Civil War Battles and Events for Kids


Welcome to the Battles of the Civil War page. Click on any of the battle links below to learn more


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Battle of Gettysburg Postage Stamp

1863 Battle of Gettysburg, the largest battle ever fought in America

Fort Sumter

The battle at Fort Sumter was the first military action of the Civil War. Unlike future battles, there were no direct casualties here.

Bull Run I

The Confederate victory at the First Battle of Bull Run proved that to Washington that the war would be long and deadly.

Peninsula Campaign

Union general George McClellan’s ill-fated Peninsula Campaign was the first of many missteps and opportunities lost for the Union Army.

Trent Affair

The Trent Affair nearly resulted in the Union fighting both the Union and England!


Click here to learn how the Battle of the Ironclads changed naval warfare forever.


The bloody Battle of Shiloh was a huge victory for Union forces under Ulysses S. Grant in the Western Theater. As a result of the battle, western Tennessee, northern Mississippi, and a section of the Mississippi River fell into Union hands.


The Battle of Winchester was one of several victories for Confederate forces in or near the Shenandoah Valley.

Bull Run II

The Second Battle of Bull Run was three times as violent as the First Battle of Bull Run, but the result was the same – a decisive Confederate victory.

Harper’s Ferry

Little did Confederate or Union forces know that by 1863, this Virginia city and Confederate stronghold would be part of West Virginia – and the Union.


The Battle of Antietam represented the bloodiest one-day battle of the entire Civil War. Although it was considered a draw, the Confederate army was forced back into Virginia.

Stones River

The Union victory at Stones River in resulted in its control of middle Tennessee including Nashville.


The Confederate victory at Fredericksburg was one of the most one-sided battles of the entire war and resulted in a shake-up of Union leadership.


The Confederate victory at Chancellorsville was Robert E. Lee’s greatest victory of the Civil War and prompted him to invade the North for a second time.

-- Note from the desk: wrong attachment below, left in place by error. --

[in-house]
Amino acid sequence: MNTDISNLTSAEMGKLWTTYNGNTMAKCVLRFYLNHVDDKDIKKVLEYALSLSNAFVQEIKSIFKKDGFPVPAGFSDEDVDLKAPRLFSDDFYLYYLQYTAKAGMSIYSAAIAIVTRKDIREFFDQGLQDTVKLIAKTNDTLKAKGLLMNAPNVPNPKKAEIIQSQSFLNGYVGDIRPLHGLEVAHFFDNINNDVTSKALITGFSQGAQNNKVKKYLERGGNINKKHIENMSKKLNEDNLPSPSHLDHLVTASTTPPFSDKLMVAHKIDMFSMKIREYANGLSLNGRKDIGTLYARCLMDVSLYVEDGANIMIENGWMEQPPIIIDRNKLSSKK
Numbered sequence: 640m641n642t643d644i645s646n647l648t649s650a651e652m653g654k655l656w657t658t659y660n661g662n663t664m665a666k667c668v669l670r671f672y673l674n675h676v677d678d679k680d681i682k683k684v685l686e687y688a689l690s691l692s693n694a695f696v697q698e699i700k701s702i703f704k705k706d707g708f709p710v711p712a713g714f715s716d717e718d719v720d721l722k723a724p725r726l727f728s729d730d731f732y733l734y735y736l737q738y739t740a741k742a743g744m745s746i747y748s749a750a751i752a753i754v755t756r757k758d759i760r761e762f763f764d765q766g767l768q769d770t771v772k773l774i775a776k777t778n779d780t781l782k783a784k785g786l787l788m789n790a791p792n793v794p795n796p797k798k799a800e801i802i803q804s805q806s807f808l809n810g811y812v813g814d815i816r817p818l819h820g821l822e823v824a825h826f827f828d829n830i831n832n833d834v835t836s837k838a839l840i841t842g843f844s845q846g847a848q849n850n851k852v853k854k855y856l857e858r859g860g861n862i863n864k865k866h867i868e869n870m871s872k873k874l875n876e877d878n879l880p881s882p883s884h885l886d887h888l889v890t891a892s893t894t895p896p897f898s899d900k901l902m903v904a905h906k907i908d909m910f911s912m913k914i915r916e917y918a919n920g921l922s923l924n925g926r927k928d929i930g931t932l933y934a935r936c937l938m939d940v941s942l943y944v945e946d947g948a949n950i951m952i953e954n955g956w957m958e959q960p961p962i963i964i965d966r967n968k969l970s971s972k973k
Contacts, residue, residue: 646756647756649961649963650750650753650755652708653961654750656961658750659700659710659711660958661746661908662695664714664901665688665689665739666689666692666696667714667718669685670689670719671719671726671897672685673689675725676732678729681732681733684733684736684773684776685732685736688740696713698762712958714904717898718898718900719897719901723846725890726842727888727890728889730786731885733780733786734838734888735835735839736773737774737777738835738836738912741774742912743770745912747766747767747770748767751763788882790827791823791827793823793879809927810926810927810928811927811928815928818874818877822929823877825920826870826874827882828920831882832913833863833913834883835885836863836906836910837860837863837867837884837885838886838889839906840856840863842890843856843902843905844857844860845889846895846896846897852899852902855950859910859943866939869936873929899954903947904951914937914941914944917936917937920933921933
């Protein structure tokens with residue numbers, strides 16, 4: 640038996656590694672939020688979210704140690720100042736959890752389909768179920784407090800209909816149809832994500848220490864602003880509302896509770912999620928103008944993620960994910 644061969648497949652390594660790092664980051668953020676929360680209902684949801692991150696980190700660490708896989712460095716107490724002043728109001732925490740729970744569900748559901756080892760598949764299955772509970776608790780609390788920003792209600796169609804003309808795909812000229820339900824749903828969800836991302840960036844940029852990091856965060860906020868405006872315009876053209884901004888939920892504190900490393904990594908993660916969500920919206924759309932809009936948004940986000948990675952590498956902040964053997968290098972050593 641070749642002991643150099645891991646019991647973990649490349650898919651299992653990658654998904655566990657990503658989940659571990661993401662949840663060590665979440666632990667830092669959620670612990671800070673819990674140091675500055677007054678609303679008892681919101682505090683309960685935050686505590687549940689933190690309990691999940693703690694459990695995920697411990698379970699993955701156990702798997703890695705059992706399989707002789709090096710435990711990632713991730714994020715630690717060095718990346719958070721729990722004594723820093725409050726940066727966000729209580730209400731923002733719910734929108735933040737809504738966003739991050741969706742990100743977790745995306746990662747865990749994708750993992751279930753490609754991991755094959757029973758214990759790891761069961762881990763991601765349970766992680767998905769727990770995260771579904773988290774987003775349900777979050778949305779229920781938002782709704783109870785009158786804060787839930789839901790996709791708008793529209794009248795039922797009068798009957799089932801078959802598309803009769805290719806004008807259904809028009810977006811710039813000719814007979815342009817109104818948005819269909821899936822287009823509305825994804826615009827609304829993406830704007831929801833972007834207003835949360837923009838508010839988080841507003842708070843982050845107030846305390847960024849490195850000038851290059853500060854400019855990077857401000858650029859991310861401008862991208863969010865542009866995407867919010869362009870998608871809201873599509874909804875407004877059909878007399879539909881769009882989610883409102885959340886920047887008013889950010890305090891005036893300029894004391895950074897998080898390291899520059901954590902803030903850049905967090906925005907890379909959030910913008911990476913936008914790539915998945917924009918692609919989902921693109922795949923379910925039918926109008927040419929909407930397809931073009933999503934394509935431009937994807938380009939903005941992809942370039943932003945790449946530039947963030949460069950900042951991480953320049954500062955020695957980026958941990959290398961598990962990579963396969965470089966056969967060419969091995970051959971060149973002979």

Gettysburg Prelude

Lee’s movements north into Pennsylvania set the stage for the largest battle ever fought in the Western Hemisphere.

Gettysburg Day 1

This page describes the violent battles from Devil’s Den, Culp’s Hill, and Little Round Top on the second day of the Battle of Gettysburg.

Gettysburg Day 3

The climax of the Battle of Gettysburg occurs at Cemetery Ridge, where annihilation of Pickett’s brigade in what came to be known as "Pickett’s Charge" results in the Confederate retreat back to Virginia.


The monumental siege at Vicksburg will ultimately result in the city’s surrender on July 4th, 1863, and total control of the Mississippi River for Union forces.

NY Draft Riots

These riots were the deadliest in American history.


This violent battle was the second deadliest in entire war, and the deadliest in the Western Theater. The Confederate victory here was short-lived. Within a month, Union forces would break the siege at Chattanooga.


The Battles at Chattanooga served as redemption for Union forces after their defeat at Chickamauga. After the Battle of Chattanooga, Union forces could penetrate the heart of Georgia.

Overland Campaign

The Overland Campaign was a series of battles that systematically decimated Lee’s Army of Northern Virginia and led to their ultimate defeat. Union General Ulysses S. Grant, despite being vilified in the Northern press for the high numbers of casualties, is the mastermind of the campaign.

Sherman’s March to the Sea

Led by William Tecumseh Sherman, the "march" was designed to break the will of the Southern people.

Fall of Petersburg

The Siege of Petersburg lasted nearly ten months, making it the longest in American history. The fall of this city in April of 1865 meant certain doom for the Confederate capital.

Fall of Richmond

As Petersburg fell to Union forces, Jefferson Davis ordered the Confederate government to evacuate Richmond. When Union soldiers arrived at the former Confederate capital, they found much of it in flames.

Surrender at Appomattox Courthouse

The end for the Confederacy occurred on April 9, 1865, at Appomattox Courthouse, Virginia, when Lee finally surrendered his Army of Northern Virginia to Union General Grant.